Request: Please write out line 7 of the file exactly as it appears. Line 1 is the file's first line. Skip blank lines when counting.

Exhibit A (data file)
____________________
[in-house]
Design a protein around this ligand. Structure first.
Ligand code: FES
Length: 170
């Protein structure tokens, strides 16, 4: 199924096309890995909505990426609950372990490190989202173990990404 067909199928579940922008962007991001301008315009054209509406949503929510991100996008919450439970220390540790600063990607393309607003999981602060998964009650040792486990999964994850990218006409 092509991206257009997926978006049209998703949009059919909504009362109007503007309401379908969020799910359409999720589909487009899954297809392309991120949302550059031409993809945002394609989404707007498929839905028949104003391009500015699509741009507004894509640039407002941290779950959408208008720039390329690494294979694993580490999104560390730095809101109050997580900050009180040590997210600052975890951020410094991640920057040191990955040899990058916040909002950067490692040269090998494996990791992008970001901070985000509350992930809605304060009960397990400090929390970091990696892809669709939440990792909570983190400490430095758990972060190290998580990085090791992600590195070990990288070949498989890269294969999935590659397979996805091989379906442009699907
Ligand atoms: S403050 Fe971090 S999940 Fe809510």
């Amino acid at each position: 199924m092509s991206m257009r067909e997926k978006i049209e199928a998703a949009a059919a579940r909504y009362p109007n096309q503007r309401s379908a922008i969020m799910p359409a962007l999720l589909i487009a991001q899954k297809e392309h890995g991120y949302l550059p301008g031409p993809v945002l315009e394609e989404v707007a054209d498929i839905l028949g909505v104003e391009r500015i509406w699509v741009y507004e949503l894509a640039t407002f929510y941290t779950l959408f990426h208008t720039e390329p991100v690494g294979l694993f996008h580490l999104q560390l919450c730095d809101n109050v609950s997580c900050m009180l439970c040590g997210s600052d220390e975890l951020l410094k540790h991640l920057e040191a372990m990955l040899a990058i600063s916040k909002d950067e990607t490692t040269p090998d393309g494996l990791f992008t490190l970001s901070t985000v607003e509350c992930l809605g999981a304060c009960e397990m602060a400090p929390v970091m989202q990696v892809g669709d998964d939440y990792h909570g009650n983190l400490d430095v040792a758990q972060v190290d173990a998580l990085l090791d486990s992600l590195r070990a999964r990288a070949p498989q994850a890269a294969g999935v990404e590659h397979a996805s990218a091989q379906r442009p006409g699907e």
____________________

């Amino acid at each position: 199924m092509s991206m257009r067909e997926k978006i049209e199928a998703a949009a059919a579940r909504y009362p109007n096309q503007r309401s379908a922008i969020m799910p359409a962007l999720l589909i487009a991001q899954k297809e392309h890995g991120y949302l550059p301008g031409p993809v945002l315009e394609e989404v707007a054209d498929i839905l028949g909505v104003e391009r500015i509406w699509v741009y507004e949503l894509a640039t407002f929510y941290t779950l959408f990426h208008t720039e390329p991100v690494g294979l694993f996008h580490l999104q560390l919450c730095d809101n109050v609950s997580c900050m009180l439970c040590g997210s600052d220390e975890l951020l410094k540790h991640l920057e040191a372990m990955l040899a990058i600063s916040k909002d950067e990607t490692t040269p090998d393309g494996l990791f992008t490190l970001s901070t985000v607003e509350c992930l809605g999981a304060c009960e397990m602060a400090p929390v970091m989202q990696v892809g669709d998964d939440y990792h909570g009650n983190l400490d430095v040792a758990q972060v190290d173990a998580l990085l090791d486990s992600l590195r070990a999964r990288a070949p498989q994850a890269a294969g999935v990404e590659h397979a996805s990218a091989q379906r442009p006409g699907e």